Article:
Declassified Docs Reveal A 130K MPH Fireball Slammed Into Earth's Atmosphere In 2014
A pair of Harvard University researchers, Amir Siraj and Abraham Loeb, wrote a breakthrough paper in 2019 on the incident. The research paper was initially flagged and has yet to be peer-reviewed, due to the fact that part of the information needed to confirm it was classified by the US government. However, the information that has been needed was finally confirmed by the USSC in a recent memo.
The 2019 paper documented a small meteor, which measured just a few feet wide, that ignited a fireball in the skies near Papua New Guinea and may have sprinkled interstellar debris into the South Pacific Ocean in January of 2014. Siraj says that the study has been awaiting peer review for years, but has been held up due to the unique circumstances.
The newly released information from USSC backs up the findings by the duo in 2019 of the first interstellar meteor, and retroactively as the first interstellar object of any kind to reach our solar system. The memo, dated March 1st and shared on Twitter by Lt. General John E. Shaw, stated the 2019 analysis of the meteor was "sufficiently accurate to confirm an interstellar trajectory."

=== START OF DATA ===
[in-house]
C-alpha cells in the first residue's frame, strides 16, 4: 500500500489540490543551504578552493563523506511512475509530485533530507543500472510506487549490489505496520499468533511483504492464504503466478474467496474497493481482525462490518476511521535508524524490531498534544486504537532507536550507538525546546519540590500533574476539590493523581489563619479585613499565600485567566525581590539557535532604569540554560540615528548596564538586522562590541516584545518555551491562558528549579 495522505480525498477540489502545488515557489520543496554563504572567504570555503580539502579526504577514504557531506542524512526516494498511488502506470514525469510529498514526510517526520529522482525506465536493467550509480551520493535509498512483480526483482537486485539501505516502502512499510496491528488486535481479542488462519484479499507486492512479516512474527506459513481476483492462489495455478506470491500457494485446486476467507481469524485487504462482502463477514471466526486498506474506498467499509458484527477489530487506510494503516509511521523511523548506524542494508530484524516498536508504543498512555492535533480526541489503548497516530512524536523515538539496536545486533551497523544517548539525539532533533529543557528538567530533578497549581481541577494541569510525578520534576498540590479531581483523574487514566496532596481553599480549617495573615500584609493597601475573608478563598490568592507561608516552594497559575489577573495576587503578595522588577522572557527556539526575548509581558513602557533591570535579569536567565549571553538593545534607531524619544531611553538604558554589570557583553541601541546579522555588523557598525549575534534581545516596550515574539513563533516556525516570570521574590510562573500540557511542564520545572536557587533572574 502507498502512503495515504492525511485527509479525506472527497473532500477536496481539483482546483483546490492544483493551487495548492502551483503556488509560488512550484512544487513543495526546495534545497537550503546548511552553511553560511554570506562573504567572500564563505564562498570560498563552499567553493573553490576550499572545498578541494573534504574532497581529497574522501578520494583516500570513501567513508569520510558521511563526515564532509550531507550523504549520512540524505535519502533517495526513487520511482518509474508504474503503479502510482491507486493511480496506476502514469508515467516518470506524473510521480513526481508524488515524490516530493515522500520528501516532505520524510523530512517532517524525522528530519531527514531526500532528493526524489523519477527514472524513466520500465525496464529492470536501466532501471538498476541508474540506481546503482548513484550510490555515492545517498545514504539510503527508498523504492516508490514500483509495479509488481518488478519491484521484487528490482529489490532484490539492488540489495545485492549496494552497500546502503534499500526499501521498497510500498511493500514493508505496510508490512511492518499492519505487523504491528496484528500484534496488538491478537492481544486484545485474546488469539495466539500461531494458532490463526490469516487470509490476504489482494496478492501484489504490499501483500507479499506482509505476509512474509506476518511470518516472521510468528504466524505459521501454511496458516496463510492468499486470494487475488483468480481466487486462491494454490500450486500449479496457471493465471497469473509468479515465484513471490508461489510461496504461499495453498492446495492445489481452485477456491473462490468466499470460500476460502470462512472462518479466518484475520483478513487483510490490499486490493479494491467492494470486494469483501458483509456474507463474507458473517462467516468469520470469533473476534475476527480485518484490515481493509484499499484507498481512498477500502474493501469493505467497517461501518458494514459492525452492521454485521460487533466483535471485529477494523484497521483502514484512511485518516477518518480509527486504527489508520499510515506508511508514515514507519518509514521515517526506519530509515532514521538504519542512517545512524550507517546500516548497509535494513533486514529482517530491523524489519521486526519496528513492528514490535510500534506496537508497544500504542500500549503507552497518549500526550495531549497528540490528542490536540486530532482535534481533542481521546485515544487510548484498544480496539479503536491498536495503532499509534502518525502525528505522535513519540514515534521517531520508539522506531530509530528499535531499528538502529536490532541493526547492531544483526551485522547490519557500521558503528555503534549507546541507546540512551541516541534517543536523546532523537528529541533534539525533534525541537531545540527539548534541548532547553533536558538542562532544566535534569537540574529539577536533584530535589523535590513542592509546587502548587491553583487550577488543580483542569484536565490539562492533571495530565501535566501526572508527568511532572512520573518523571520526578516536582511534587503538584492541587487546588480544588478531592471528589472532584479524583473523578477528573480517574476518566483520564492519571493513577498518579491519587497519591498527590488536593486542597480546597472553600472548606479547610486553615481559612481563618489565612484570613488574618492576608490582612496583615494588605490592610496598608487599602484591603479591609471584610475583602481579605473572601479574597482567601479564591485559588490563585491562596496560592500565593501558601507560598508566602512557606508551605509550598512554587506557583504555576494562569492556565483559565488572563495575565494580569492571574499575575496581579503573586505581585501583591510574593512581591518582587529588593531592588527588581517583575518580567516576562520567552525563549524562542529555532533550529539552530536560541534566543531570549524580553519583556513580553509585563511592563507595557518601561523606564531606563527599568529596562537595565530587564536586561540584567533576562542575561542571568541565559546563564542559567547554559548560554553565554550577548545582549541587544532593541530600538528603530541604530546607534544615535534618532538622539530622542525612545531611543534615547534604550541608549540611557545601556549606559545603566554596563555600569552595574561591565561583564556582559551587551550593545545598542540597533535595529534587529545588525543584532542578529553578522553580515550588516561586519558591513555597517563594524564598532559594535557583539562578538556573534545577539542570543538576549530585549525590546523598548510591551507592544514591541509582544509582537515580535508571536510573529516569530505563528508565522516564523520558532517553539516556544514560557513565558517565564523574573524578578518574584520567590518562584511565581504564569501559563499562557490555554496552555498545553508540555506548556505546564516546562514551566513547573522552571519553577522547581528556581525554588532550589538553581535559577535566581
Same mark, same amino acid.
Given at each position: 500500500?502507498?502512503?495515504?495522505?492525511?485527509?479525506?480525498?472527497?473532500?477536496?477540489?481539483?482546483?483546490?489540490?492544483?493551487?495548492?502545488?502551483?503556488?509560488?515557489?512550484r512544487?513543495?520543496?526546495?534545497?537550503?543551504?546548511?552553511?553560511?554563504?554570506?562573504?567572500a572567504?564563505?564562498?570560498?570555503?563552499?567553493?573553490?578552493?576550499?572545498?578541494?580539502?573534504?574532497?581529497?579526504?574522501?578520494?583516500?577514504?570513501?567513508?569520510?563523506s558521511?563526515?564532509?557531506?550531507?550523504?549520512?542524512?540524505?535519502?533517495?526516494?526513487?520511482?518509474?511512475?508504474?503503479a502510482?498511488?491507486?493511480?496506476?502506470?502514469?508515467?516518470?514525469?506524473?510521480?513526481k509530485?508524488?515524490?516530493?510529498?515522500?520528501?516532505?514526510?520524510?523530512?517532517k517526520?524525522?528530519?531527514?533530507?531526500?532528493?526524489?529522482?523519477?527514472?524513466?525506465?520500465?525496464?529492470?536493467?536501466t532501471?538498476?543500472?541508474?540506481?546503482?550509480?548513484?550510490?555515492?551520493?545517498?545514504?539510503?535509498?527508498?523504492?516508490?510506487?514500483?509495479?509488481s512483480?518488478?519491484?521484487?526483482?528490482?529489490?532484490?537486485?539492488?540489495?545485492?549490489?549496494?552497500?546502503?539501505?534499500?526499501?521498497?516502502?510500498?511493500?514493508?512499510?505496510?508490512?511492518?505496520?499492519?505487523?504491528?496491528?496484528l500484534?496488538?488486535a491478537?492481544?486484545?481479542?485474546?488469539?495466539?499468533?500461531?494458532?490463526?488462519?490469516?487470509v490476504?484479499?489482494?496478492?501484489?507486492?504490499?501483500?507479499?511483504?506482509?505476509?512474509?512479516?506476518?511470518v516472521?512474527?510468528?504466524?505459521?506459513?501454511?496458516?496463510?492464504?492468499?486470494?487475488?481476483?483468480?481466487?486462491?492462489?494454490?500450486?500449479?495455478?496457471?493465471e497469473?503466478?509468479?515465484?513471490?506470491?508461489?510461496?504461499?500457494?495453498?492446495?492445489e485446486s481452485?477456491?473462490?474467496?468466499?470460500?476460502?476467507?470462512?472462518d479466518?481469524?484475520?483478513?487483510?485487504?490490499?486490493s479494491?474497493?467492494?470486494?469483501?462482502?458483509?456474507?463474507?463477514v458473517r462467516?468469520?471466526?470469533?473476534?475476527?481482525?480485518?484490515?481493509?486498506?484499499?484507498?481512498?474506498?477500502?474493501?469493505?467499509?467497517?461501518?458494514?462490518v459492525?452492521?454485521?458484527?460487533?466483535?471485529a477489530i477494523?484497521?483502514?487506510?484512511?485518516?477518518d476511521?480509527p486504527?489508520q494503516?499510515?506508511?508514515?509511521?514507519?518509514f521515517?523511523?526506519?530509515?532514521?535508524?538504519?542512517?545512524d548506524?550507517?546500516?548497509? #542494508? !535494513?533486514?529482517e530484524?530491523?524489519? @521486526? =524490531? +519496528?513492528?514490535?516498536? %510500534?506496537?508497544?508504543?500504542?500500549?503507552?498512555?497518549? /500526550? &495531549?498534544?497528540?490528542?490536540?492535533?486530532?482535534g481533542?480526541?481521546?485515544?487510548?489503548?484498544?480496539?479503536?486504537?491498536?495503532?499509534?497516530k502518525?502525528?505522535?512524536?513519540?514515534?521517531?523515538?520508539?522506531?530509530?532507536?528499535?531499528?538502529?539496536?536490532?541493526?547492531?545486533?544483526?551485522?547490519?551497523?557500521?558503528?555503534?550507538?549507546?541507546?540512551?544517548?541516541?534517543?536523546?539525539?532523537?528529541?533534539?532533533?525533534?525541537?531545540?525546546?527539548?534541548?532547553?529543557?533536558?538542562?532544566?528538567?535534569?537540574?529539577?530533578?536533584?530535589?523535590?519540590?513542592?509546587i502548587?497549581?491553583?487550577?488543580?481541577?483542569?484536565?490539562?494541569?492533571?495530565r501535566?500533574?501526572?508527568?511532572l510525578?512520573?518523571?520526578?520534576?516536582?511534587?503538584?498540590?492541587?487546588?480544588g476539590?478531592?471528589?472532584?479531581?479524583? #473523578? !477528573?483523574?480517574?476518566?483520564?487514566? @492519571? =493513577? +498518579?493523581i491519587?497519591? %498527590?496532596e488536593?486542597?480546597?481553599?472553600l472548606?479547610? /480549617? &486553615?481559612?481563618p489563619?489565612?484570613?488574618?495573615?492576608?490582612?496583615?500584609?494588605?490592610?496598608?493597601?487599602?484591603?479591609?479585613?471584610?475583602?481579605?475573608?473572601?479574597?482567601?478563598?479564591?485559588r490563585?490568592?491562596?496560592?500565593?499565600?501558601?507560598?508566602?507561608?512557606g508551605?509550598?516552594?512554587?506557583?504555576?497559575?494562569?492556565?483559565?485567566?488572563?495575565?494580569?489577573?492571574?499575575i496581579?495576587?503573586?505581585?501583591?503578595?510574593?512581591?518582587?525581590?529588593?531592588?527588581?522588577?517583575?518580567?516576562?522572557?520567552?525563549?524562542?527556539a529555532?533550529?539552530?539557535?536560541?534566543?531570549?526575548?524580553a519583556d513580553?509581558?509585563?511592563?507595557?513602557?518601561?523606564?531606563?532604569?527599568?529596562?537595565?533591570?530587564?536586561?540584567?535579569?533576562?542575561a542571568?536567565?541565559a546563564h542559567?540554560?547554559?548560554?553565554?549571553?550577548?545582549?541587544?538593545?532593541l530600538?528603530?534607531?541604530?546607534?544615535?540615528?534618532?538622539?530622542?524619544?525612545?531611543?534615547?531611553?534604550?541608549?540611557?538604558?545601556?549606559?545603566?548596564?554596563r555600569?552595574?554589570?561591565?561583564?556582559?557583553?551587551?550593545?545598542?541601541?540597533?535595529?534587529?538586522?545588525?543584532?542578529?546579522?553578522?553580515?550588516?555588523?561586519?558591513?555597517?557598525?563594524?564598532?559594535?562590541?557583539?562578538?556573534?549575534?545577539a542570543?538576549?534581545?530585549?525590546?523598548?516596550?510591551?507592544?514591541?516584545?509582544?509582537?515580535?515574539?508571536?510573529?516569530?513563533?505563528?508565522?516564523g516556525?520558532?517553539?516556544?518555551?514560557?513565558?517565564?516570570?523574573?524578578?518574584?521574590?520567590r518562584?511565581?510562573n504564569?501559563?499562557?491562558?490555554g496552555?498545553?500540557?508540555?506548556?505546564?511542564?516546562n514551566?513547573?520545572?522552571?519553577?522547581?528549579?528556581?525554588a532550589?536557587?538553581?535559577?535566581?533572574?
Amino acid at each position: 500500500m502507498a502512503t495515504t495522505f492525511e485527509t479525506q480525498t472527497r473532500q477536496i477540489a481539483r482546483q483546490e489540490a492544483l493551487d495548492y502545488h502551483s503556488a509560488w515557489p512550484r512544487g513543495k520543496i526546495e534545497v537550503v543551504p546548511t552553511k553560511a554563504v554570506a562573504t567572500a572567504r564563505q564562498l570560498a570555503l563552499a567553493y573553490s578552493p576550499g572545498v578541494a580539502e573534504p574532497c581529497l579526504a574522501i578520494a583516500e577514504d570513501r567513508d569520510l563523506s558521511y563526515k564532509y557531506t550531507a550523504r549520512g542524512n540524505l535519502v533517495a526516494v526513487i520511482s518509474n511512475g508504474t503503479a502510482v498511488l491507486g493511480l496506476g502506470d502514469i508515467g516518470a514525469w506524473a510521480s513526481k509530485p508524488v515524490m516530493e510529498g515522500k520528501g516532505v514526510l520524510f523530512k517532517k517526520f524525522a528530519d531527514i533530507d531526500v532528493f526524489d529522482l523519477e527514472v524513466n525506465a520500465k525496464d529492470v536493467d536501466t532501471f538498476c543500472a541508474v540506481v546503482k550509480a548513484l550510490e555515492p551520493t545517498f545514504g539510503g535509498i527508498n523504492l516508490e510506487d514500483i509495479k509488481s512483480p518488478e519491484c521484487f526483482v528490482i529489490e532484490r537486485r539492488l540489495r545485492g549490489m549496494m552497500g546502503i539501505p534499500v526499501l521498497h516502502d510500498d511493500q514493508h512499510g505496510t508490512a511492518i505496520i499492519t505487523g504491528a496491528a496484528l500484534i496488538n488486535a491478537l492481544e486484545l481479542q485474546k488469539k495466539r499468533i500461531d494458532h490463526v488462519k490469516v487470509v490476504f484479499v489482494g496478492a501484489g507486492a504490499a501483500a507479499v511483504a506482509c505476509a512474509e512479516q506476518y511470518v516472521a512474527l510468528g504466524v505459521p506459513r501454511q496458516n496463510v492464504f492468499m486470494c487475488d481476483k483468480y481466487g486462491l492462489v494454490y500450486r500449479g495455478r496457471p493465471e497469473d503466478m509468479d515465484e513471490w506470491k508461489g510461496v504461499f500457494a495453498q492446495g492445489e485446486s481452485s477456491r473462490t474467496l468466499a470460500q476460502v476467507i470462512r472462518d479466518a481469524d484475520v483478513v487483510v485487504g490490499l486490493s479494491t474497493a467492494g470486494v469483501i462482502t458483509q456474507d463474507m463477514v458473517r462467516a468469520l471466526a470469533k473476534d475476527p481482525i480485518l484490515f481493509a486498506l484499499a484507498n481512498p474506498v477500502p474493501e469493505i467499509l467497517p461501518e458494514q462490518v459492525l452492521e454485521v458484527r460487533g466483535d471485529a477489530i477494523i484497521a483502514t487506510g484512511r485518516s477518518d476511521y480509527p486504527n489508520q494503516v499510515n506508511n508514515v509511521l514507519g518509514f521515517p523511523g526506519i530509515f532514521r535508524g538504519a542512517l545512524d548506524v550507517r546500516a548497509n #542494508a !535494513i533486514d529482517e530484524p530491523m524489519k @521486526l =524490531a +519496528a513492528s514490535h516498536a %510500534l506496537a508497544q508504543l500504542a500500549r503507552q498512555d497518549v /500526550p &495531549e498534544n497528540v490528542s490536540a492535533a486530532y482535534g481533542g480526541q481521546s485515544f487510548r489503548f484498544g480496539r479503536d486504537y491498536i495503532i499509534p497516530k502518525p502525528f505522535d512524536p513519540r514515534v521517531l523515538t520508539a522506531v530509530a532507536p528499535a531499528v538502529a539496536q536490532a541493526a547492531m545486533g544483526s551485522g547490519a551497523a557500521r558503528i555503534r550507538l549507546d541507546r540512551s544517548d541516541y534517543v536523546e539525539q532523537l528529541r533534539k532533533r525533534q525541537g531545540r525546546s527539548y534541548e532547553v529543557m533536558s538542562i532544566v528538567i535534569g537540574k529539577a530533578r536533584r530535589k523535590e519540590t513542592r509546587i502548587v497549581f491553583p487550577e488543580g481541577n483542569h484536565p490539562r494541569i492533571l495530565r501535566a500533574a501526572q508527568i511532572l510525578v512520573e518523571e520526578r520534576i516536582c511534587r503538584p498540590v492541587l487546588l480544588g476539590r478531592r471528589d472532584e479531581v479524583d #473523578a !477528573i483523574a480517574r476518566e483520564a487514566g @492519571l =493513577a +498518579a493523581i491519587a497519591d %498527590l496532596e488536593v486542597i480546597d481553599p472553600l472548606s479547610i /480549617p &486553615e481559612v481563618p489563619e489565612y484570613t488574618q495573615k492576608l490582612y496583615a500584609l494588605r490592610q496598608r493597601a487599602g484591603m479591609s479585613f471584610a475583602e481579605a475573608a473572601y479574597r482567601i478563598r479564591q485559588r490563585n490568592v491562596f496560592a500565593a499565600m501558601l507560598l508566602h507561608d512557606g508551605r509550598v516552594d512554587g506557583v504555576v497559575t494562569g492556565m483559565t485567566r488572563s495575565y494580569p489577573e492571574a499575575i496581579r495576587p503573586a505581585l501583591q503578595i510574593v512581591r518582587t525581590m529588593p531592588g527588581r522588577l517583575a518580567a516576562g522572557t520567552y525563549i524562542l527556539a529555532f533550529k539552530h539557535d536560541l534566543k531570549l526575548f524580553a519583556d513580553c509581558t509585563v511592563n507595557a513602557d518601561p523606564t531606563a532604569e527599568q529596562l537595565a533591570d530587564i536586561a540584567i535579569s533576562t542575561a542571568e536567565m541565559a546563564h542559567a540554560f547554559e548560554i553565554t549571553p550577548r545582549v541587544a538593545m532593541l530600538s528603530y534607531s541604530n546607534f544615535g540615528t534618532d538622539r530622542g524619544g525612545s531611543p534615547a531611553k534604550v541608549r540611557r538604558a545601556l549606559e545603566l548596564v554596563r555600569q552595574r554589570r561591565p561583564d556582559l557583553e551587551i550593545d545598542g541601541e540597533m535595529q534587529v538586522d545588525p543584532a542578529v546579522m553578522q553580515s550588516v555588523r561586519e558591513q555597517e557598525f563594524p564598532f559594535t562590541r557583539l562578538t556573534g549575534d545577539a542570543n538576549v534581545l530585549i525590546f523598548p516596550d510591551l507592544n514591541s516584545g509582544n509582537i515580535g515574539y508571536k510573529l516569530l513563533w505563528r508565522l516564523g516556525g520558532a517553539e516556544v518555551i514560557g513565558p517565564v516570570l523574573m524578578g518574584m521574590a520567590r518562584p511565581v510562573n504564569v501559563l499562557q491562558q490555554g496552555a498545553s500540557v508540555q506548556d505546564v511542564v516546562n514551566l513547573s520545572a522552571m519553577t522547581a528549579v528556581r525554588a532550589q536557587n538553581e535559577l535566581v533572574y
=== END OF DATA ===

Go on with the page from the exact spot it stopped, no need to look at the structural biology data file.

6/ “I had the pleasure of signing a memo with @ussfspoc’s Chief Scientist, Dr. Mozer, to confirm that a previously-detected interstellar object was indeed an interstellar object, a confirmation that assisted the broader astronomical community.” pic.twitter.com/PGlIOnCSrW— U.S. Space Command (@US_SpaceCom) April 7, 2022
The researchers argued that the speed of the meteor in 2019, as well as the trajectory of its orbit, proved within 99% certainty that the celestial object originated from beyond our solar system. The authors wrote that it is possible that it is "from the deep interior of a planetary system or a star in the thick disk of the Milky Way galaxy."
The confirmation as seen on Twitter above, makes the 2014 meteor the first interstellar object to ever be detected in our own solar system. This predates the discovery of 'Oumuamua, a cigar-shaped object that was also moving too fast to have originated in our solar system, by three years. 'Ounuamua was detected far away from Earth and is currently hurtling out of our solar system, according to NASA.
While Siraj admits it is highly unlikely any debris can be recovered, he said, "The possibility of getting the first piece of interstellar material is exciting enough to check this very thoroughly and talk to all the world experts on ocean expeditions to recover meteorites."